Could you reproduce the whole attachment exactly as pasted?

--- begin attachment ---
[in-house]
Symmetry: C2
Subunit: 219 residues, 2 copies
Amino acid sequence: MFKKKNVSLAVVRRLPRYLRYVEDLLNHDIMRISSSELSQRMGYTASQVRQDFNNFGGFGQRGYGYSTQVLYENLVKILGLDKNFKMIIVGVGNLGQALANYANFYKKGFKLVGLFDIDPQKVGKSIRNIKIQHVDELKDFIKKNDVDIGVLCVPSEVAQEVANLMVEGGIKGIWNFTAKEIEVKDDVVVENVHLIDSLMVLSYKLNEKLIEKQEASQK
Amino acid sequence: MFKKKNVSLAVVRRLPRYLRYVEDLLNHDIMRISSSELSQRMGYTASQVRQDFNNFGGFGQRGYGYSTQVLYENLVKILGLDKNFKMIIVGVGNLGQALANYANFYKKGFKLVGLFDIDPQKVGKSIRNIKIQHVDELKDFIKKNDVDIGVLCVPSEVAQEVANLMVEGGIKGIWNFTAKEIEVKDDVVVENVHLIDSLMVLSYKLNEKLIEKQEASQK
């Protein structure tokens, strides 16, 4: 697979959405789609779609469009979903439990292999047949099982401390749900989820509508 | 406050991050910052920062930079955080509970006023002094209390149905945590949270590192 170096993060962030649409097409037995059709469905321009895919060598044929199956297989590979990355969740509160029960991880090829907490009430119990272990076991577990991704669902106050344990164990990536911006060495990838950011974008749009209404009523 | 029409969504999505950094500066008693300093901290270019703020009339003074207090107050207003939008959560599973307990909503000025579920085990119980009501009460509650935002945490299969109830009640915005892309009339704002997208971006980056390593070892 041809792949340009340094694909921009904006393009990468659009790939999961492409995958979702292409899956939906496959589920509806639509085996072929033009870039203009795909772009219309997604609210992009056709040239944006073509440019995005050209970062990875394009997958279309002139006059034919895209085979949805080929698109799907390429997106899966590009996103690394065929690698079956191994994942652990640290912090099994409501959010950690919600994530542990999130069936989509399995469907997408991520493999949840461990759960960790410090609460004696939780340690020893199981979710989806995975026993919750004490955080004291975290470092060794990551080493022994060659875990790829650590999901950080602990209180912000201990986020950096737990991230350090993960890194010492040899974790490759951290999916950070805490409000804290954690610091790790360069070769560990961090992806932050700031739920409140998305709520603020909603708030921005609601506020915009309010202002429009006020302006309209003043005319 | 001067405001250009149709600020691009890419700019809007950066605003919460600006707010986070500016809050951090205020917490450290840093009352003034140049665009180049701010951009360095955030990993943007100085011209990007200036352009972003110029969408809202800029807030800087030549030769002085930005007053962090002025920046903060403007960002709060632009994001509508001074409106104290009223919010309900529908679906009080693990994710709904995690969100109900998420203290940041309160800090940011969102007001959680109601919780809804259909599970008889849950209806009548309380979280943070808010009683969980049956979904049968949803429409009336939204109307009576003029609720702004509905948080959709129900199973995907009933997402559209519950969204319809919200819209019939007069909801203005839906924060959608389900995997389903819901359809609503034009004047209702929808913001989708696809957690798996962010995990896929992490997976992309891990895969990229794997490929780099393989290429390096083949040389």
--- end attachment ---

[in-house]
Symmetry: C2
Subunit: 219 residues, 2 copies
Amino acid sequence: MFKKKNVSLAVVRRLPRYLRYVEDLLNHDIMRISSSELSQRMGYTASQVRQDFNNFGGFGQRGYGYSTQVLYENLVKILGLDKNFKMIIVGVGNLGQALANYANFYKKGFKLVGLFDIDPQKVGKSIRNIKIQHVDELKDFIKKNDVDIGVLCVPSEVAQEVANLMVEGGIKGIWNFTAKEIEVKDDVVVENVHLIDSLMVLSYKLNEKLIEKQEASQK
Amino acid sequence: MFKKKNVSLAVVRRLPRYLRYVEDLLNHDIMRISSSELSQRMGYTASQVRQDFNNFGGFGQRGYGYSTQVLYENLVKILGLDKNFKMIIVGVGNLGQALANYANFYKKGFKLVGLFDIDPQKVGKSIRNIKIQHVDELKDFIKKNDVDIGVLCVPSEVAQEVANLMVEGGIKGIWNFTAKEIEVKDDVVVENVHLIDSLMVLSYKLNEKLIEKQEASQK
């Protein structure tokens, strides 16, 4: 697979959405789609779609469009979903439990292999047949099982401390749900989820509508 | 406050991050910052920062930079955080509970006023002094209390149905945590949270590192 170096993060962030649409097409037995059709469905321009895919060598044929199956297989590979990355969740509160029960991880090829907490009430119990272990076991577990991704669902106050344990164990990536911006060495990838950011974008749009209404009523 | 029409969504999505950094500066008693300093901290270019703020009339003074207090107050207003939008959560599973307990909503000025579920085990119980009501009460509650935002945490299969109830009640915005892309009339704002997208971006980056390593070892 041809792949340009340094694909921009904006393009990468659009790939999961492409995958979702292409899956939906496959589920509806639509085996072929033009870039203009795909772009219309997604609210992009056709040239944006073509440019995005050209970062990875394009997958279309002139006059034919895209085979949805080929698109799907390429997106899966590009996103690394065929690698079956191994994942652990640290912090099994409501959010950690919600994530542990999130069936989509399995469907997408991520493999949840461990759960960790410090609460004696939780340690020893199981979710989806995975026993919750004490955080004291975290470092060794990551080493022994060659875990790829650590999901950080602990209180912000201990986020950096737990991230350090993960890194010492040899974790490759951290999916950070805490409000804290954690610091790790360069070769560990961090992806932050700031739920409140998305709520603020909603708030921005609601506020915009309010202002429009006020302006309209003043005319 | 001067405001250009149709600020691009890419700019809007950066605003919460600006707010986070500016809050951090205020917490450290840093009352003034140049665009180049701010951009360095955030990993943007100085011209990007200036352009972003110029969408809202800029807030800087030549030769002085930005007053962090002025920046903060403007960002709060632009994001509508001074409106104290009223919010309900529908679906009080693990994710709904995690969100109900998420203290940041309160800090940011969102007001959680109601919780809804259909599970008889849950209806009548309380979280943070808010009683969980049956979904049968949803429409009336939204109307009576003029609720702004509905948080959709129900199973995907009933997402559209519950969204319809919200819209019939007069909801203005839906924060959608389900995997389903819901359809609503034009004047209702929808913001989708696809957690798996962010995990896929992490997976992309891990895969990229794997490929780099393989290429390096083949040389």